Handbook for Universities: 9. The last word

This is the ninth chapter in the Nordic Model Now! Handbook for Universities.

Survivor voices: Andrea Heinz

Andrea Heinz had $60,000 of debt at the age of 22. She says, “I was struggling really bad. I wanted to go to university and naively saw escorting and massage as a way to clear my debts and pay my tuition”. These are her reflections nearly a decade after exiting the commercial sex trade in Canada.

What was said to me:

“Sex work is work”

“It’s a job like any other”

What happened:

The first man I saw forced sex acts on me that I wasn’t comfortable with.

Most of the men were married with children and were two, if not three (or four) times my age.

Men were repulsively unhygienic – refusing to shower beforehand, wanting to finger me with long dirty nails, breathing rancid breath two inches from my face as the smell of their body odour filled the room.

Men would arrive with skin tags, warts, ringworm, oozing sores, and other unknown rashes or bumps. They’d try to conceal it with dim lighting or excuse it away as “irritation from shaving”.

Men would try to secretly remove condoms; they were always trying to remove condoms. There was also no shortage of men pressuring me for a blowjob without a condom. That happened near daily.

Men would film me and photograph me without my consent. They’d hide their cell phones on record, or come wearing hidden camera items such as watches, or eyeglasses.

Men would choke me regularly. A couple times I thought I was about to black out and lose consciousness.

Men would make sexual references to children, asking me how old I was when I lost my virginity, and if I bled or cried when it happened. “You’re a good girl” was said to me countless times, and a schoolgirl outfit with pigtails was always the top request.

Men would make sexual references to animals and request urine/faecal play.

The dehumanizing and demeaning remarks were so hard on my spirit. I had to learn to dissociate and mentally leave my body each time my clothes would come off. Many nights I would cry in my bed before falling asleep.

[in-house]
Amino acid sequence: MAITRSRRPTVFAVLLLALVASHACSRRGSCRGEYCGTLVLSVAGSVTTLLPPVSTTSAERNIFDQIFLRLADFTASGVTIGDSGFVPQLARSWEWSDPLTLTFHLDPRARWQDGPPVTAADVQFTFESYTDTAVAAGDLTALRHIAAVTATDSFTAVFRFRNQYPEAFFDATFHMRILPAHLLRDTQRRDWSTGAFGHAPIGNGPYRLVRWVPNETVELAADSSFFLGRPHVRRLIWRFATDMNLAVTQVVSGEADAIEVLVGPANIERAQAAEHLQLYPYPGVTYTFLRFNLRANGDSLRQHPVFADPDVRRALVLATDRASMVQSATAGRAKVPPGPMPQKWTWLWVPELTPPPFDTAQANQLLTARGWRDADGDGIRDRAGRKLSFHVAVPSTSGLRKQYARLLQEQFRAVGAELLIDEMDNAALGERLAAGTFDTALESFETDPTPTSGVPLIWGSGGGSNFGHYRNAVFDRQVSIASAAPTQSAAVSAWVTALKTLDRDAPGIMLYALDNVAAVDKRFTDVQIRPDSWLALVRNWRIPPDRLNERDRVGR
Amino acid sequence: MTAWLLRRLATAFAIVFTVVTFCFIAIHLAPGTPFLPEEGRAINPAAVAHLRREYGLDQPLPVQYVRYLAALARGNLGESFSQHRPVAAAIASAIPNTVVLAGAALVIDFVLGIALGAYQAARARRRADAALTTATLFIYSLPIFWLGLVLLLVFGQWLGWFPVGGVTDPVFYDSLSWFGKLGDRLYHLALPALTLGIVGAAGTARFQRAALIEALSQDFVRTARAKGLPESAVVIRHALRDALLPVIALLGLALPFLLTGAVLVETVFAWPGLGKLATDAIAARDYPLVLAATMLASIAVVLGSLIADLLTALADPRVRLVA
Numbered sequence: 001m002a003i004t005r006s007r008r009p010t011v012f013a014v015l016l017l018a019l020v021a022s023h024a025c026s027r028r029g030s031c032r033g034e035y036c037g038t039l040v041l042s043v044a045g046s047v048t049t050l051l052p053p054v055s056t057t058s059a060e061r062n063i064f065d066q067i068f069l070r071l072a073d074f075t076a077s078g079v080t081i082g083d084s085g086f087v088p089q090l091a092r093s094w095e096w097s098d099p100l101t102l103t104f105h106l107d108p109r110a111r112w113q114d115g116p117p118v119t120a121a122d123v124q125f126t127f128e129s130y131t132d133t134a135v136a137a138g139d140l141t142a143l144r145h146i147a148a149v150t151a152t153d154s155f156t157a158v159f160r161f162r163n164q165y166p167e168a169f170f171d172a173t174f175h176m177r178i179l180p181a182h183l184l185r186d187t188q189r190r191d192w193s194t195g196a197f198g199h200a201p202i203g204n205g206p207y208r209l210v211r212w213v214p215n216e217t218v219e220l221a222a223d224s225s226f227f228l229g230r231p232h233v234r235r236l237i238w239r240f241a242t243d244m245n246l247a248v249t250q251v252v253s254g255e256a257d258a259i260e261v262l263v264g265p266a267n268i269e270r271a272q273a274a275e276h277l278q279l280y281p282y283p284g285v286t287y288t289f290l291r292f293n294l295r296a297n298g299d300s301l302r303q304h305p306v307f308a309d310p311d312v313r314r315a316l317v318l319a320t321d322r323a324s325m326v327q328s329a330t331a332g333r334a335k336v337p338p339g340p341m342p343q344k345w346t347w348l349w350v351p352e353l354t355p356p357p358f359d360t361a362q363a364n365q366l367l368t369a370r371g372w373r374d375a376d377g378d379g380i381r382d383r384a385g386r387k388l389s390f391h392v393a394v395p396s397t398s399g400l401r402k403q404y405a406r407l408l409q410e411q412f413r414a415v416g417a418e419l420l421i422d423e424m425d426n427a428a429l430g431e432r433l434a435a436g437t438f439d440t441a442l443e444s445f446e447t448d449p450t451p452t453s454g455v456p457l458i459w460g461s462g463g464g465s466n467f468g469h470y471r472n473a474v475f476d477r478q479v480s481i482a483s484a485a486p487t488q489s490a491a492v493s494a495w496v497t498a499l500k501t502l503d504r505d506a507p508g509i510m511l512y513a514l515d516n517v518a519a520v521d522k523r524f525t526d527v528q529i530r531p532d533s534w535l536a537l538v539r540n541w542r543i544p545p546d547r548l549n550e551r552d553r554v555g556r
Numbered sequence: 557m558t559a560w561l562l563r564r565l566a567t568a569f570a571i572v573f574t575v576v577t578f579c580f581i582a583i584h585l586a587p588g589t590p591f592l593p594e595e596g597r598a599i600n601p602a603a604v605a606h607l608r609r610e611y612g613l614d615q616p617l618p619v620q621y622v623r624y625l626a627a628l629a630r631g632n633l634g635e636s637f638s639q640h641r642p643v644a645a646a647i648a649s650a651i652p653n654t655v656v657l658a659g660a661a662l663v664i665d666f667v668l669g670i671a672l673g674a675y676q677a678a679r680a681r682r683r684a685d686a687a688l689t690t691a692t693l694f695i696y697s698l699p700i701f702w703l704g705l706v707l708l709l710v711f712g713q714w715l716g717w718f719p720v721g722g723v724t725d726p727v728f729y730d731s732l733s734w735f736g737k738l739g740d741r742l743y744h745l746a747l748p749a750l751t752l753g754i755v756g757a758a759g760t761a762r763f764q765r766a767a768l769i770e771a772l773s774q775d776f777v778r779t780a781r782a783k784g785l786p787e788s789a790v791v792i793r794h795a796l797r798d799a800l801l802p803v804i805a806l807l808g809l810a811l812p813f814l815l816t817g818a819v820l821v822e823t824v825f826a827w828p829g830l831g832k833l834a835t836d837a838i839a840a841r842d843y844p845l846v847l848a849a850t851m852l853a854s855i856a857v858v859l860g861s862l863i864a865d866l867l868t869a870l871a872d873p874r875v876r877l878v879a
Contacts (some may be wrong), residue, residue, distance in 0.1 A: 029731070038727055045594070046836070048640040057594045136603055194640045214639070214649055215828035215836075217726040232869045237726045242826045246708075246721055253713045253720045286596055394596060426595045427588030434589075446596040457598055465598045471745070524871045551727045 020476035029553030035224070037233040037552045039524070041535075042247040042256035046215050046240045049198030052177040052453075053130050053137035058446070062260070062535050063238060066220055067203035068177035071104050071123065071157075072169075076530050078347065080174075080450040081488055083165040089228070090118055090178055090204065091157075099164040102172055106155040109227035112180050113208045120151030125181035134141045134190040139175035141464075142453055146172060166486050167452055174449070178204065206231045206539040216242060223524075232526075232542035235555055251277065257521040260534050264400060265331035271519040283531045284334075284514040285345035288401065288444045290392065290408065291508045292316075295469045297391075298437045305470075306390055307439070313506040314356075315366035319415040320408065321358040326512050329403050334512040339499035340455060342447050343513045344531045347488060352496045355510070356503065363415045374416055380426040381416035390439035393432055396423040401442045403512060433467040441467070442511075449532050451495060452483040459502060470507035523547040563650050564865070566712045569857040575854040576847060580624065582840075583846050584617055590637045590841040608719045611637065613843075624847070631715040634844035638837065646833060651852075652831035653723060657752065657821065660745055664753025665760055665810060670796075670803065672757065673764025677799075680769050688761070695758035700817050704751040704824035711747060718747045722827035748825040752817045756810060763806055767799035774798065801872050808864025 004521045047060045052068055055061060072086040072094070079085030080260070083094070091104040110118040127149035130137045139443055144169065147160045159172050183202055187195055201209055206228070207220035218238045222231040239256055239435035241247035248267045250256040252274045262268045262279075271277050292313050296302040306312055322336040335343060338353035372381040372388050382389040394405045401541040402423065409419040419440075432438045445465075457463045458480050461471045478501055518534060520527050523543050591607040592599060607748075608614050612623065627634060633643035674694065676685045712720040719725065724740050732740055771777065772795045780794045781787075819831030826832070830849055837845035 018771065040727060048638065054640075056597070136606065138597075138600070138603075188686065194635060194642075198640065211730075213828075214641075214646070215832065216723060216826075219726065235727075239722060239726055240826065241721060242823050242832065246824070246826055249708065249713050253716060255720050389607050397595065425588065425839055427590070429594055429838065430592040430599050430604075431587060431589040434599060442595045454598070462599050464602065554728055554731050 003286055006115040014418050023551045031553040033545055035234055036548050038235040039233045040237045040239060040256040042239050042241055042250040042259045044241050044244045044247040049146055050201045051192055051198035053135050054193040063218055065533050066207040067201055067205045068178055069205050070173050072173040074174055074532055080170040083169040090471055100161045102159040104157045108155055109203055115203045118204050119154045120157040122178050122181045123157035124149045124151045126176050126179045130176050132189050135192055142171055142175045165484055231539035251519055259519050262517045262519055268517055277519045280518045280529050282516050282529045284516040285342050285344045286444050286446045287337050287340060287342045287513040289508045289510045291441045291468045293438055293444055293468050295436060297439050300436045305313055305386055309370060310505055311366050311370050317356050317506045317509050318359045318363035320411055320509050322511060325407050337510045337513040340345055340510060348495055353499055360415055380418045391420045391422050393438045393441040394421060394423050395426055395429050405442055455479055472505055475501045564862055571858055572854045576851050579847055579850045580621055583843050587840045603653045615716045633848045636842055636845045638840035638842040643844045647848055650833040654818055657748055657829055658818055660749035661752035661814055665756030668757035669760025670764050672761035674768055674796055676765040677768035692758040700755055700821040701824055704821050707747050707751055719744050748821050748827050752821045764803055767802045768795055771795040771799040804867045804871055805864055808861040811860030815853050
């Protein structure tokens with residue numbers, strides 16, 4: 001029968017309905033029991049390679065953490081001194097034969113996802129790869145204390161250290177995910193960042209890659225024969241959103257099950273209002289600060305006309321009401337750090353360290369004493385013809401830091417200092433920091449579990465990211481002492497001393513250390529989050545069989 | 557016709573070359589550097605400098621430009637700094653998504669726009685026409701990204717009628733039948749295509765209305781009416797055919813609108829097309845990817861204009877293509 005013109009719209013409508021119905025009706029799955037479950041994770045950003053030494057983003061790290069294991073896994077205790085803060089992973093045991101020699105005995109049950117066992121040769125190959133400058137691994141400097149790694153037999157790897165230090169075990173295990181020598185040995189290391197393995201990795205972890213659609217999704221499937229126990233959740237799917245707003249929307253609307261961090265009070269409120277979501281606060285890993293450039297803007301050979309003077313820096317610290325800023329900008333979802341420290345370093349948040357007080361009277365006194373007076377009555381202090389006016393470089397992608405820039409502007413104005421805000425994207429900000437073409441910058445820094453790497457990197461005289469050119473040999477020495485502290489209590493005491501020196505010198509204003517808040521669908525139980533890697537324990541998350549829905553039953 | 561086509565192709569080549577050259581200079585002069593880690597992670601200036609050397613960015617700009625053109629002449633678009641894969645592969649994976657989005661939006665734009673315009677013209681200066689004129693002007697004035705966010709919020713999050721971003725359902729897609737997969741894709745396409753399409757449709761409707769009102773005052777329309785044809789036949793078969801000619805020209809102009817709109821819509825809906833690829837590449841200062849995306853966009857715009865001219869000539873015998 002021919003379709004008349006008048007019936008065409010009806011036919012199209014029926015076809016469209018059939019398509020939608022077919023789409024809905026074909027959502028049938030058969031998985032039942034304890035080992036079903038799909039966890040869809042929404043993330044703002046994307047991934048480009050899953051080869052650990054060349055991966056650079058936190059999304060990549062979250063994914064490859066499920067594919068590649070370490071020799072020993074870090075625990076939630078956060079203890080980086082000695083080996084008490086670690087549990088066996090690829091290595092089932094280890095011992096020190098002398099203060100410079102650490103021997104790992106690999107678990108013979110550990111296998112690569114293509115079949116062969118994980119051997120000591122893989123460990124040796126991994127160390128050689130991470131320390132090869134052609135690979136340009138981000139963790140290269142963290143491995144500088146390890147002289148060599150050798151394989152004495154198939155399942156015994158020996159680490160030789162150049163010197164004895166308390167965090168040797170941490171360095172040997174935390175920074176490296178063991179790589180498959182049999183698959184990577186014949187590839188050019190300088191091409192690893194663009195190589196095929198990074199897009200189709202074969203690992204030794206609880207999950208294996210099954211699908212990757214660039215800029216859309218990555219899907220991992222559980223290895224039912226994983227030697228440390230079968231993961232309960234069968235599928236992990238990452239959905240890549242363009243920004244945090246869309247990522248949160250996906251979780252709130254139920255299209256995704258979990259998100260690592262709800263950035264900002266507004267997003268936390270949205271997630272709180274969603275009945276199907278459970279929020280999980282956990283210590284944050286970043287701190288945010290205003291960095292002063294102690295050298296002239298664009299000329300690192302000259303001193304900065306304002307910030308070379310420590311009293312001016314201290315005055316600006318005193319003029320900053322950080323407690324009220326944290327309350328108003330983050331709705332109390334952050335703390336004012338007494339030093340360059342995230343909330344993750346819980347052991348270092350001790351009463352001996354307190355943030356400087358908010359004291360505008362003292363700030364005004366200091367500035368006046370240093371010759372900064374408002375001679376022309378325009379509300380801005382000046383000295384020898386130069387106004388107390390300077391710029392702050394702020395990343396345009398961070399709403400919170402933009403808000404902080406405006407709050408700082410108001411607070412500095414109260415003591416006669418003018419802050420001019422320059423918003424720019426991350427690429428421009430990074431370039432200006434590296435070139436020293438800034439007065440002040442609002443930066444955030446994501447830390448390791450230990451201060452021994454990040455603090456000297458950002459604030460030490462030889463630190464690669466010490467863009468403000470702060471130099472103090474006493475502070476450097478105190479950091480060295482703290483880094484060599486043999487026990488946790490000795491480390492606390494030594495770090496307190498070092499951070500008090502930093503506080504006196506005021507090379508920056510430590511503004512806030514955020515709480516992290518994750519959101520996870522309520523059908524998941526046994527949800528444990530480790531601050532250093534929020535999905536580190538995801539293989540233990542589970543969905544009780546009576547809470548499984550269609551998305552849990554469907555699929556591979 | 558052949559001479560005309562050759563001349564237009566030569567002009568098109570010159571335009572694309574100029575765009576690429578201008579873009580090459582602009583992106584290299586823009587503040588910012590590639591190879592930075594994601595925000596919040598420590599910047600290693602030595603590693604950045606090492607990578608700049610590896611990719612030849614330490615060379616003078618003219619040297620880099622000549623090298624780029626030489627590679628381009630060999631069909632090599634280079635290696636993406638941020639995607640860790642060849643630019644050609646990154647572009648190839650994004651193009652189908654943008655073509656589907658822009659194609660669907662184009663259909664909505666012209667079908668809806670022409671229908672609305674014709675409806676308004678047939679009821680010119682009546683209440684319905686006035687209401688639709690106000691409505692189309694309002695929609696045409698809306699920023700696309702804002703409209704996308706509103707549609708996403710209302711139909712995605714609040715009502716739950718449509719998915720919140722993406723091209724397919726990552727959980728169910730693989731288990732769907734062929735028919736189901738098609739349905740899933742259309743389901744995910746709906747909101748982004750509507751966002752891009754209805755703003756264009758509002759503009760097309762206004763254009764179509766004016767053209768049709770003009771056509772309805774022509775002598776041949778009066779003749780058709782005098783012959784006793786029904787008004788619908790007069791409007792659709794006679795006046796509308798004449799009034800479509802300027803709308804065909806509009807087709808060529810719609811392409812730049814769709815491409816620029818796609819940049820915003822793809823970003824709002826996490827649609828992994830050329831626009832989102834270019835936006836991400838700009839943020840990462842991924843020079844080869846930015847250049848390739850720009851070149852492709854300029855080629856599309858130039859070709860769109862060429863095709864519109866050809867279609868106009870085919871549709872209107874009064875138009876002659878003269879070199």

Men became obsessed with me and would call and text me incessantly. One man followed me home from the brothel, shouted my alias name in the middle of my street at 2 a.m. and left love notes in my mailbox.

I got banned from America for ten years and labelled a “prostitute” for travelling there with a man who booked me for a weekend. Nothing happened to him.

The women I sold sex alongside were not happy or “empowered”. They were like robots operating on autopilot. Few had good support from friends and family. Very few had stable partners. All of them were in debt, most had no viable skills or education; many had addictions and/or untreated mental health issues.

I sold sex alongside a trafficking victim and women who were controlled by pimps.

I (unknowingly) sold sex alongside a 16-year-old girl even though the brothel was licensed and regulated by my city for “harm reduction”.

A woman I sold sex alongside was strangled to death and dumped in a farmer’s field. She was a single mom to a seven-year-old boy.

I witnessed women break down crying saying that it felt like being molested, like being raped in exchange for a few hundred bucks.

Relationships with my friends and family became extremely strained.

I became suicidal in the moments I wasn’t emotionally numb. I came close to ending my life on more than one occasion.

I spent two years desperately trying to exit before I was finally able to at age 29.

I ended up diagnosed with “Unspecified Trauma and Stressor-Related Disorder” by a psychologist I now pay $125 an hour to see regularly, nine years after exiting and still struggling to heal.

The money never made any of it worth it. All of the money I made is gone.   

What was said to me:

“Sex work is work”

“It’s a job like any other”

Don’t fall for it like I did.

Further reading

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